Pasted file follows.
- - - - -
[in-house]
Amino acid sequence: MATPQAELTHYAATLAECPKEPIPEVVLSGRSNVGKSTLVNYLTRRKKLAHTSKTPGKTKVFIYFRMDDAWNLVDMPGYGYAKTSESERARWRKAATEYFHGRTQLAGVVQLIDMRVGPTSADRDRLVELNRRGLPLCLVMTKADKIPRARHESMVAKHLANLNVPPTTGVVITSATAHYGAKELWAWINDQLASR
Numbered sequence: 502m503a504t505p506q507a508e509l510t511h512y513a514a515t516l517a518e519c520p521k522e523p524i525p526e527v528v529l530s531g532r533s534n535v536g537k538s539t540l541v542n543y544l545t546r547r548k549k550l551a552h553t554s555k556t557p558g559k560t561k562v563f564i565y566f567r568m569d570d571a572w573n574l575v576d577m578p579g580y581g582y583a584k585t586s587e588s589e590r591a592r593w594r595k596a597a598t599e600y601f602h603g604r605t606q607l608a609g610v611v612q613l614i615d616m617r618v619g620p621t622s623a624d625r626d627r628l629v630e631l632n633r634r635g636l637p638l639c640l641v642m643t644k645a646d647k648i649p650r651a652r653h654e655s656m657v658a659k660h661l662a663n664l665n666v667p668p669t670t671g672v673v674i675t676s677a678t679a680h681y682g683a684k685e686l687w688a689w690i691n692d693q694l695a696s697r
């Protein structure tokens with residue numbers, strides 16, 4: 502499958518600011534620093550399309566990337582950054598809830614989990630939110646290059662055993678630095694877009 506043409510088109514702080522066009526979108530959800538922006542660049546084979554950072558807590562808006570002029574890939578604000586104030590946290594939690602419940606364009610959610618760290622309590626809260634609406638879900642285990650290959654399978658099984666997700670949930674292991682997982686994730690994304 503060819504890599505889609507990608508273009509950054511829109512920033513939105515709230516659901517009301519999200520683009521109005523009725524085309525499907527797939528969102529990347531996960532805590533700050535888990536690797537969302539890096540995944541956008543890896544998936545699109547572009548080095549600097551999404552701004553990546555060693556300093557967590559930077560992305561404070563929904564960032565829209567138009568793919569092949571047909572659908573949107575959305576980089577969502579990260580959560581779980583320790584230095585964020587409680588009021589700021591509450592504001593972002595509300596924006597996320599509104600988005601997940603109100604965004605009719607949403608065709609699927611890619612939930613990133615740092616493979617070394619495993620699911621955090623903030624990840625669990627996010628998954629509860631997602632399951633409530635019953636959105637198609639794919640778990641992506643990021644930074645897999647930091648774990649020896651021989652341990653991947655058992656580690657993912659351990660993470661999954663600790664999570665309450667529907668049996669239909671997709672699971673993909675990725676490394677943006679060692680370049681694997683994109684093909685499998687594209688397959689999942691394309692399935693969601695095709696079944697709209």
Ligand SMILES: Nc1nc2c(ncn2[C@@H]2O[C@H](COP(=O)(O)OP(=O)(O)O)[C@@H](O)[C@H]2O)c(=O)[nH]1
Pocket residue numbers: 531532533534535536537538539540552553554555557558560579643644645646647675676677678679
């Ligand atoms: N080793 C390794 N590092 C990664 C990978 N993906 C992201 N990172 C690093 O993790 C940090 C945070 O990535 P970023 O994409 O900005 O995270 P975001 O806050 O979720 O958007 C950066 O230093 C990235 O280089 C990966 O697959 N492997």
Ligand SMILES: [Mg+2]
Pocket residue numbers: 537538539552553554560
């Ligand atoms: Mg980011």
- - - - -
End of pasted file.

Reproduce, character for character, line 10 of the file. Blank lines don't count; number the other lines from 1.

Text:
């Ligand atoms: Mg980011």